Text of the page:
Jerry Sheehan's Commentary:

Posted March 14, 2015 (user submitted)

When South Park opened in 1974 with 75 stores, it was the largest center between Dallas and Jackson, and the Shreveport economy was booming. This is oil country - most major players had regional headquarters located here, and oil wells were everywhere. AT & T built a 7,000 - worker factory; other manufacturers included General Electric, General Motors, and several smaller factories. Despite South Park's poor location in a fairly undeveloped area down a back two-lane road (Jewella), the mall prospered.

I was a store manager for Shepard & Myers, next door to Selber's from 1978 to 1984 and had a front row seat. Unfortunately, oil collapsed in the early 80's; and several of the manufacturers began outsourcing to Asia. All of the major factories closed, to re-open overseas or Mexico. The oil companies closed their offices and wells, laying off thousands more workers in Shreveport. The town replayed the Great Depression of the 1930's, complete with bread lines, fistfights by desperate people over jobs,and the collapse of the banks. Thousands of people fled, walking away from their mortgages, hoping to start over in another part of the country.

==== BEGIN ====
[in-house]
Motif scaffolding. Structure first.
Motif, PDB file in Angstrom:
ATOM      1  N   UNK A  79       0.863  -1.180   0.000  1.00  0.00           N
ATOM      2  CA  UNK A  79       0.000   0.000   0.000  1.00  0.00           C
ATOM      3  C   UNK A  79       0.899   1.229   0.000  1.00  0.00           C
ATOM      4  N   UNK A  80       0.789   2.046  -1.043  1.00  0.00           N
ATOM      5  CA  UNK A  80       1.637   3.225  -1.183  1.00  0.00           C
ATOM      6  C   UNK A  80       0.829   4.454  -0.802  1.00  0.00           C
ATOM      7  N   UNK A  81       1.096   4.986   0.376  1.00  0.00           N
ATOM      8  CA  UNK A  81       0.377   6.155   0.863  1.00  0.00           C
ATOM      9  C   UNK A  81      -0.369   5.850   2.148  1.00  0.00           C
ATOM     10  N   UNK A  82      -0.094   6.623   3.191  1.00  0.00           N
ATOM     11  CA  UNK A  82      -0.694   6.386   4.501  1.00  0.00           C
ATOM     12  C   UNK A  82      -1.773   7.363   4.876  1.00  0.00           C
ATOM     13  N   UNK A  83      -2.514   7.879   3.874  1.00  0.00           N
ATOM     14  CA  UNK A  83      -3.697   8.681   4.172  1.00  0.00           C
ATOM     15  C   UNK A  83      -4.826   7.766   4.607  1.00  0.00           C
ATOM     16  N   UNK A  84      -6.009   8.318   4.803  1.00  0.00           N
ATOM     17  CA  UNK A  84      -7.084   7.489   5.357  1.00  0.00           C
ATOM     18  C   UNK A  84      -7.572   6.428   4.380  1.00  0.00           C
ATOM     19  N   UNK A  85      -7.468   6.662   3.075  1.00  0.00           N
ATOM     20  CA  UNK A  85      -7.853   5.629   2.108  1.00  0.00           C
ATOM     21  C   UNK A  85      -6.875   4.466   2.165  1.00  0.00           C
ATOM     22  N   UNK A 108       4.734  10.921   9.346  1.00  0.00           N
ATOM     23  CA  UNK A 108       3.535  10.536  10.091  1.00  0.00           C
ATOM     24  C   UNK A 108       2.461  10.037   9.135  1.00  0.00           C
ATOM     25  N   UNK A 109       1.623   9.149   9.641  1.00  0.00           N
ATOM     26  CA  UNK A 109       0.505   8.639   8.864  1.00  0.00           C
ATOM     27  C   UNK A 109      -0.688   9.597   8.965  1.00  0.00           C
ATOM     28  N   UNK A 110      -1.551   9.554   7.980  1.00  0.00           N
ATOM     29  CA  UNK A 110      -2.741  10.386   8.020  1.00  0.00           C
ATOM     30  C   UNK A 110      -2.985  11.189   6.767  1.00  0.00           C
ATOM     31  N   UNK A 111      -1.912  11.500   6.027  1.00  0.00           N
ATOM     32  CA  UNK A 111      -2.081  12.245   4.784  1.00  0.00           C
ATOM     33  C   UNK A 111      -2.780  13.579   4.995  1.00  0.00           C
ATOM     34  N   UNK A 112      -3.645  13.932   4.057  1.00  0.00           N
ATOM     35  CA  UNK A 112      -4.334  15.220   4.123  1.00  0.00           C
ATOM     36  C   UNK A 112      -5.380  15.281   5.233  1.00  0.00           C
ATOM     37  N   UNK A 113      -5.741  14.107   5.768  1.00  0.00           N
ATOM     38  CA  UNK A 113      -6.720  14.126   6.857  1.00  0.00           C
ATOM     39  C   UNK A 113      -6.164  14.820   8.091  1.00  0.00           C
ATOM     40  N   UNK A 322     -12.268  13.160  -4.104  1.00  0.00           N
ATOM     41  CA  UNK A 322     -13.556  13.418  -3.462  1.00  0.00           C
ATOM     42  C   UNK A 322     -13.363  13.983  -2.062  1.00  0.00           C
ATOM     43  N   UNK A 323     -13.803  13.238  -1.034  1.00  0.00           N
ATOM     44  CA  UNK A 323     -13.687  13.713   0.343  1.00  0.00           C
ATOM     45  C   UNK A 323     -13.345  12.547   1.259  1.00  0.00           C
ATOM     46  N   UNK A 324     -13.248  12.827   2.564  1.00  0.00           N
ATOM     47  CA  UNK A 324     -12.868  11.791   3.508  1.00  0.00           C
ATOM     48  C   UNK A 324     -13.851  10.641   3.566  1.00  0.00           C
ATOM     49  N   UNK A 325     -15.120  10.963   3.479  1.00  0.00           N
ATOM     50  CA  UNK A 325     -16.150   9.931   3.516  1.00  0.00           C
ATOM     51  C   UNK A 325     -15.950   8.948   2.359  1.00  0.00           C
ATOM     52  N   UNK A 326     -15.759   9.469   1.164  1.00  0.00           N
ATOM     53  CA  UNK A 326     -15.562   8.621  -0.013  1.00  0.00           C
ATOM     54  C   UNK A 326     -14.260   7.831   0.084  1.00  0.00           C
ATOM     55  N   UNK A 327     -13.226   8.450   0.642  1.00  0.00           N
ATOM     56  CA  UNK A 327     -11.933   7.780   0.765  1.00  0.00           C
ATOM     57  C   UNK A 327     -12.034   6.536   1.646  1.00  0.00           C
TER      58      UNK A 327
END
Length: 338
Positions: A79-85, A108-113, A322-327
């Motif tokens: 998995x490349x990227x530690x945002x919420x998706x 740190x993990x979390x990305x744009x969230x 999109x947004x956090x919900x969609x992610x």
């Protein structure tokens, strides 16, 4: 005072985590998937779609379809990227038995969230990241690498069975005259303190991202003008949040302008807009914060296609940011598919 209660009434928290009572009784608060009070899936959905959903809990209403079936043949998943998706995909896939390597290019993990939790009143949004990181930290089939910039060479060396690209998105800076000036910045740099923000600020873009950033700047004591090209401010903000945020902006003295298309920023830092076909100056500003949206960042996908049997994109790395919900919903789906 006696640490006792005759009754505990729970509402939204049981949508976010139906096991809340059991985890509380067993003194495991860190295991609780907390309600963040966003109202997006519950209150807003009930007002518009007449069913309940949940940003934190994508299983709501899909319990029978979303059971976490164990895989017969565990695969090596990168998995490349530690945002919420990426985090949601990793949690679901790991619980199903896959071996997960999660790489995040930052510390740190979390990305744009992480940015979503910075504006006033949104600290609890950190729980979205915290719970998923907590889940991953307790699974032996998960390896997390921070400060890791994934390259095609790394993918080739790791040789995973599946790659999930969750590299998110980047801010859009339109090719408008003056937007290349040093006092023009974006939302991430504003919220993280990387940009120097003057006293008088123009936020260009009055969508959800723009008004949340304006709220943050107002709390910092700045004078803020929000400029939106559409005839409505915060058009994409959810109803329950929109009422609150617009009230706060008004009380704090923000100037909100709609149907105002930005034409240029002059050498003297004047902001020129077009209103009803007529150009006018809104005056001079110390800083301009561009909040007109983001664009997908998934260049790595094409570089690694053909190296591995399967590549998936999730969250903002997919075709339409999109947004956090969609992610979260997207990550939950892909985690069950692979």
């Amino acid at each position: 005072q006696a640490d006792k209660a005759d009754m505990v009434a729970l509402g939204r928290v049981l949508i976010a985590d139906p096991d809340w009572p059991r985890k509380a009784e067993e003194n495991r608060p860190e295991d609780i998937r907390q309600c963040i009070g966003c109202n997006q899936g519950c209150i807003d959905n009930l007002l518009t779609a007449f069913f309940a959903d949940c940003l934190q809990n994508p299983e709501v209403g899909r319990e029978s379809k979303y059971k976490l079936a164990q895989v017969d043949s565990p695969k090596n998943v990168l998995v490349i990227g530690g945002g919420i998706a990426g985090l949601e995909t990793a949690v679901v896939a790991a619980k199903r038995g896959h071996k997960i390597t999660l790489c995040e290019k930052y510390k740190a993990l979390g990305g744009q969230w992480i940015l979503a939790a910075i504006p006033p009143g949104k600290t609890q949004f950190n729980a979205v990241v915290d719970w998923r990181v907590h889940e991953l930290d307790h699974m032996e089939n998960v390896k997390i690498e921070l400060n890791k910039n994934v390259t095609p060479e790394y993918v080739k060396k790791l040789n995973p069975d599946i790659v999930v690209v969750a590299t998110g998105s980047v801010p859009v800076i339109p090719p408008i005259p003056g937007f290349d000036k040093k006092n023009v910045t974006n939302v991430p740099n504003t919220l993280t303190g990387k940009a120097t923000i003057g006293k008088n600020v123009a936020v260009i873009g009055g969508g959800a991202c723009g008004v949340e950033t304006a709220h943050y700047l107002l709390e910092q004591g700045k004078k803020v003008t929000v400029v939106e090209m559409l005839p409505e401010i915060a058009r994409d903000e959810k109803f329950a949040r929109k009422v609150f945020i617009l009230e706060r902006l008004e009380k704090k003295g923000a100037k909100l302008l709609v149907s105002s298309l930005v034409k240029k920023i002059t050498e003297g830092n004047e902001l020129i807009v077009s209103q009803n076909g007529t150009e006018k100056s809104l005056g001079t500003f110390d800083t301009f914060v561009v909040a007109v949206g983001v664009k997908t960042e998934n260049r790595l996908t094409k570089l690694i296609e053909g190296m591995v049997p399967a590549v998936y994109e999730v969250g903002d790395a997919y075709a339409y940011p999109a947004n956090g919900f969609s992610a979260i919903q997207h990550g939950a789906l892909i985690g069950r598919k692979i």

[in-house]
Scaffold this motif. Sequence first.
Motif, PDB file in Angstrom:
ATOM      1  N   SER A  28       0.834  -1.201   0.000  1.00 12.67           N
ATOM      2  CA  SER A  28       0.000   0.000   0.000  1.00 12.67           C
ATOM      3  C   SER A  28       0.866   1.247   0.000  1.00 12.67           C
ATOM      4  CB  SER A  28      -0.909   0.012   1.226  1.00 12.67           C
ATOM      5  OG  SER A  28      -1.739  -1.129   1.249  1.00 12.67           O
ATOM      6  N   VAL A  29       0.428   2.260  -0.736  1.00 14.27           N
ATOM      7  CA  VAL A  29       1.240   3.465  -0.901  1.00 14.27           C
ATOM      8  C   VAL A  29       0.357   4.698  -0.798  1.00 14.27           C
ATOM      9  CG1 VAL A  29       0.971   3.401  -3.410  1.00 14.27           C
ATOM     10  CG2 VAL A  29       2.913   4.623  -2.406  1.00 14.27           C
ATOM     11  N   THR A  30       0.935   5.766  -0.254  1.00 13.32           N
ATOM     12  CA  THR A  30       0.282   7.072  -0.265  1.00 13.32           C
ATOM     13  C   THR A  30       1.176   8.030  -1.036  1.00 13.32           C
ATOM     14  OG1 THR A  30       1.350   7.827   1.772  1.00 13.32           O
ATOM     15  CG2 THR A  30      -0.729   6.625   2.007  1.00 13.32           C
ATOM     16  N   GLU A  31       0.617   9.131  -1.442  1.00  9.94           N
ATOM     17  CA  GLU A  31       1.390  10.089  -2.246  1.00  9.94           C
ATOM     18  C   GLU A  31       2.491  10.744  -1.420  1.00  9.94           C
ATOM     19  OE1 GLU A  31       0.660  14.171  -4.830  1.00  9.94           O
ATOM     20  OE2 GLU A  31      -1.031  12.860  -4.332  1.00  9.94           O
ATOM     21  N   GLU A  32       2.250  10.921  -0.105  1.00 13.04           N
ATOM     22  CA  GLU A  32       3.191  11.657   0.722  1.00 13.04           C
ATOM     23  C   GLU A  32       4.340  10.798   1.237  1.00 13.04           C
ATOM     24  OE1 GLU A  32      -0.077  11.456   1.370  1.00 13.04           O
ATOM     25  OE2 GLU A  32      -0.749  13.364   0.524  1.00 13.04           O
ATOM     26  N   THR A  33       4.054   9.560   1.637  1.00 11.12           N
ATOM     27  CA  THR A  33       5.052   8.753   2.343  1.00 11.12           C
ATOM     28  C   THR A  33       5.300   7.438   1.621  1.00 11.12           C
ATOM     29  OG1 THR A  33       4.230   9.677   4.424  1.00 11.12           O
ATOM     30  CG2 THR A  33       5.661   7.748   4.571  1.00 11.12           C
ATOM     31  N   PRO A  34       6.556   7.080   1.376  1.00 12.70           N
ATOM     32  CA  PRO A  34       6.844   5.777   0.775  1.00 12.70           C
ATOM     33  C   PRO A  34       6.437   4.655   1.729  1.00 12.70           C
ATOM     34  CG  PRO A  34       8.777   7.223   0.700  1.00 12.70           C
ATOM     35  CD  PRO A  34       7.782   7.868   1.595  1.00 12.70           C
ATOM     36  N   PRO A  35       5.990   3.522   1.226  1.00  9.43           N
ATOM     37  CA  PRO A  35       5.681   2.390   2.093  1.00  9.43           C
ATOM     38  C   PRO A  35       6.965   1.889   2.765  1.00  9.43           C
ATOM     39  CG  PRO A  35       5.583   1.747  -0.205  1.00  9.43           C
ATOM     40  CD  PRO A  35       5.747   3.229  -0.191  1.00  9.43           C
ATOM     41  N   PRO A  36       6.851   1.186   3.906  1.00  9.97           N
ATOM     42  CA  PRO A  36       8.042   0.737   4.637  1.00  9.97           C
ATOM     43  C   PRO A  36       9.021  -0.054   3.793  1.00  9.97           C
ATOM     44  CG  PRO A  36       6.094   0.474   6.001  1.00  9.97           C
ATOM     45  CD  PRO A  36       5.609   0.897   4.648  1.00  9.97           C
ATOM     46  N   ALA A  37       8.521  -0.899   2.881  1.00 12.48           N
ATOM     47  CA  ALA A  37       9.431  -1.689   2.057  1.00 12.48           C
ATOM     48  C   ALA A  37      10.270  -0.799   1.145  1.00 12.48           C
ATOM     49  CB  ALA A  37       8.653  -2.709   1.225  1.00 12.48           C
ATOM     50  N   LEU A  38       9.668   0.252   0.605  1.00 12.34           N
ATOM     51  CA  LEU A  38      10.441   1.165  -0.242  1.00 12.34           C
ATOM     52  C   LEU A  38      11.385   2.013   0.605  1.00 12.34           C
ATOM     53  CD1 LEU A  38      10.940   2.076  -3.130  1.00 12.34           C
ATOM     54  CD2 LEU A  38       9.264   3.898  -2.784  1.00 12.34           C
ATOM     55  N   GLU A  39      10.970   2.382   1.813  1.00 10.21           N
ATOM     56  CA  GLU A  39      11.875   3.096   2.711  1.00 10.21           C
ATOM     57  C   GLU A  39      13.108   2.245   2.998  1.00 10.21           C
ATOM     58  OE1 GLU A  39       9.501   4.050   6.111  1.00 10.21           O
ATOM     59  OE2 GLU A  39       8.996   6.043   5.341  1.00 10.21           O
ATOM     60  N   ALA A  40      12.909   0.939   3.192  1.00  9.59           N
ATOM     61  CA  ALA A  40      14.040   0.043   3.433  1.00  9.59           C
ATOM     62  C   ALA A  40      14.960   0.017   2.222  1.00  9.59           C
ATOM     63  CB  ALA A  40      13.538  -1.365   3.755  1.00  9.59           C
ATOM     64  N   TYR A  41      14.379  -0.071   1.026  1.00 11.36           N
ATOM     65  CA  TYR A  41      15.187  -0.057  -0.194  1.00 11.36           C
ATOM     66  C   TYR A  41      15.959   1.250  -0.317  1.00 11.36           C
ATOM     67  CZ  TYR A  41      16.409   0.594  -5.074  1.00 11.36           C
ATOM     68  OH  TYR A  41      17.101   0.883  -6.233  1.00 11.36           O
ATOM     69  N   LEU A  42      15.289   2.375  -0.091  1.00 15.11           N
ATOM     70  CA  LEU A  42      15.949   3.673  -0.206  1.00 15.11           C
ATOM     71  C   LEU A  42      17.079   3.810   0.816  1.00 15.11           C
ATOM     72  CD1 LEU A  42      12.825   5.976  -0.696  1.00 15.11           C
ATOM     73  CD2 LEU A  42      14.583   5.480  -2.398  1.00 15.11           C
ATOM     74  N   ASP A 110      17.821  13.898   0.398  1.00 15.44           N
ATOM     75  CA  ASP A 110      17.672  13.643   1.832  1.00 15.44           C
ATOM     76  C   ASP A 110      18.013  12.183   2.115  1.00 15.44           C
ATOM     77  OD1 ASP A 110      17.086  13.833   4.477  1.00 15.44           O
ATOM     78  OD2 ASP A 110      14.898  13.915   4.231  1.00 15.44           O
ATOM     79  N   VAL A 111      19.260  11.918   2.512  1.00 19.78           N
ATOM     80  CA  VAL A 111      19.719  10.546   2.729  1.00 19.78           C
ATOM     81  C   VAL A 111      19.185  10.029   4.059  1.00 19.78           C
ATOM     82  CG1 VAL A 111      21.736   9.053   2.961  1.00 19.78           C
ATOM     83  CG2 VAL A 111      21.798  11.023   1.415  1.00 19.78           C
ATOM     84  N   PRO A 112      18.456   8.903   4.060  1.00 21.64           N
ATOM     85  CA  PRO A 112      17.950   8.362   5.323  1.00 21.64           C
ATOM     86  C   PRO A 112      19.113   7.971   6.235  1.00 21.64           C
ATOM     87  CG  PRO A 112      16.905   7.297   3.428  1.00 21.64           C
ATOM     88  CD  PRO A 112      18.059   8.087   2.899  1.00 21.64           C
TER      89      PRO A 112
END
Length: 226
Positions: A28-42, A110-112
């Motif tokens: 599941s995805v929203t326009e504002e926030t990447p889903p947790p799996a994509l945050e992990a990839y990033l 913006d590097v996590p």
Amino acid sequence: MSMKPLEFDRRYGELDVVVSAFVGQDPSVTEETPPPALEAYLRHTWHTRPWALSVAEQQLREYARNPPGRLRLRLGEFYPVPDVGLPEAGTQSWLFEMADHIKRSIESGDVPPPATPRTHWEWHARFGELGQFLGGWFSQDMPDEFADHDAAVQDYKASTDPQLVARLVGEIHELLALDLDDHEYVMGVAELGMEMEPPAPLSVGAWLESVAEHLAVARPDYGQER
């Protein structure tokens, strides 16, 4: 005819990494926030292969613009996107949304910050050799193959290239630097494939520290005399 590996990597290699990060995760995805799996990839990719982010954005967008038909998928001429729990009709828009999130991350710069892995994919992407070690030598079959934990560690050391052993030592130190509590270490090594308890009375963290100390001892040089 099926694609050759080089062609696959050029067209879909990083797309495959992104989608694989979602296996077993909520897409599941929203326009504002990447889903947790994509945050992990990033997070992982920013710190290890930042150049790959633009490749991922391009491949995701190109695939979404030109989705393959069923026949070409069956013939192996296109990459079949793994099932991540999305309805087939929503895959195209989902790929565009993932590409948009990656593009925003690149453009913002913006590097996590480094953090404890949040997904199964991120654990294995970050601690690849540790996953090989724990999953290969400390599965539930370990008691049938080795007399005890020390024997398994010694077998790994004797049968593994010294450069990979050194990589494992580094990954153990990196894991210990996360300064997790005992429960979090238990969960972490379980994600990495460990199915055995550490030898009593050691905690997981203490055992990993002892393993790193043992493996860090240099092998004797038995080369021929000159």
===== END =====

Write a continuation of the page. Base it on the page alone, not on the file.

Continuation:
South Park Mall no longer had customers with discretionary income, and the stores closed one by one for lack of business, along with much of the retail and restaurant trade in the area. As the ripples spread to the smaller businesses, they too laid workers off,expanding the damage.

It has been claimed the gangsters killed the mall - this is not true. Since the primary reasons for the mall to exist were the prosperous workers in the factories and oil fields; when they became unemployed, this set off a devastating ripple effect in the local economy. There were thousands of bankruptcies a year - for over ten years! Not until the casino operators began opening up on the river in 1994 did the bleeding slow down. But it was too late for South Park Mall.